Needless to say, the film bombed on it’s release – not even making back a fraction of it’s cost. Biehn and Trigger probably signed on thinking this would be a breakthrough picture, given the Hollyweird pedigree involved. Not to be – it was straight to late-night cable and the video shelves. I’m really, really surprised this one hasn’t become a midnight-cinema-gathering staple, much like The Rocky Horror Picture Show and The Room – seriously, there could be fun to be had with Cage’s screams, tantrums and nonsensical utterances.

You didn’t think I was going to end the post without showing a glimpse of “Eddie” in action, didja? Bask in the glory, my friends:

Where Are They Now? Sarah Trigger


If you lived in the U.S. in the 1990s and you had a cable teevee subscription, chances are you saw either Bill And Ted’s Bogus Journey or P.C.U., or maybe both, on some lazy Saturday afternoons.

I was listening to Funkadelic‘s brilliant debut album the other night and I remembered that the El Supremo funkateer, George Clinton, had a cameo appearance in “P.C.U.”. The film is a comedic send-up of militant identity-politics on college campuses in the 1990s, on both right and left, which would be epitomised in earnest by John Singleton‘s Higher Learning, released a year later*. I also remembered one of the lead actresses, Sarah Trigger, who played new student “Samantha” and wondered what had happened to her.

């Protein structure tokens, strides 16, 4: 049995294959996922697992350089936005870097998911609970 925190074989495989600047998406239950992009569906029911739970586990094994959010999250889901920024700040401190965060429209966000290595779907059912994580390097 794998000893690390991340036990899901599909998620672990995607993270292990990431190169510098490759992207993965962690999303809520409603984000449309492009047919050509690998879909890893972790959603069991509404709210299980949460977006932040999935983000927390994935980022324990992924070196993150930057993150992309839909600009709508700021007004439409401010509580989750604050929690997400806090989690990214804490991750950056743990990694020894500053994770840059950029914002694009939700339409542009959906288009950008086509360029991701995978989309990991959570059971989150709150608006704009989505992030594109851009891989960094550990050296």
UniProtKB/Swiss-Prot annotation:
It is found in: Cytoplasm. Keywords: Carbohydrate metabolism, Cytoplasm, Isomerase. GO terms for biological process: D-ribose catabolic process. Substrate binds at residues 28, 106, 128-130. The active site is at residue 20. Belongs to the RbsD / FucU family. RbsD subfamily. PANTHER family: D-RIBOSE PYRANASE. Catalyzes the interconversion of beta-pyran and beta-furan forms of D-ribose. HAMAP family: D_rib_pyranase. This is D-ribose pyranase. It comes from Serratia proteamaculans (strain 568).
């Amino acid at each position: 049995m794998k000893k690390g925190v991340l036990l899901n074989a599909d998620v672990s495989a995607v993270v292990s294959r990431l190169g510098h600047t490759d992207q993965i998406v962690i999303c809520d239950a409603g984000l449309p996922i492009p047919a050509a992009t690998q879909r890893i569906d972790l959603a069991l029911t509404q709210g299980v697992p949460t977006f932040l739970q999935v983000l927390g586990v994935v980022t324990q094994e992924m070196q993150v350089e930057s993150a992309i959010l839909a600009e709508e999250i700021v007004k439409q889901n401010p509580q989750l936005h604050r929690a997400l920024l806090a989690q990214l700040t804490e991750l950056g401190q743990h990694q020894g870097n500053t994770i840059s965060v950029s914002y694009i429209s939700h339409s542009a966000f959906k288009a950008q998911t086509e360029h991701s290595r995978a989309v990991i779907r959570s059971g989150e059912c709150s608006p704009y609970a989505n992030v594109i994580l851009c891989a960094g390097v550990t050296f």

I crushed on her for a while in the 90s, but then I’m a sucker for ginger hair and green/blue eyes. I didn’t realise she was born in London, which would’ve made her even more attractive to me. She apparently moved to the U.S. when she was eighteen. Her birthday is five days after mine, though she was born two years before me. She seemed to do a good job of hiding her “Laaan-dan” accent, ‘cos I was convinced she was American.

My favourite role of hers, though, was in the ‘Gen-X’ (blech!) romantic comedy/drama (blech!) Don’t Do It, which was released in 1994. Trigger played ‘Alicia’, struggling through a relationship that seemed doomed from the beginning. I don’t remember much from the film, other than Trigger projected a vulnerability that cut through the knowing smarm of some of the other actors’ lines and performances. ‘Course, now everyone probably remembers the film only for the appearance of an up-and-coming Heather Graham, before her big breakthrough as “Roller Girl” in P.T. Anderson‘s 70s/80s epic, Boogie Nights. I suppose I’ll have to watch “Don’t Do It” again, to see if it’s aged well – I’m guessing maybe not.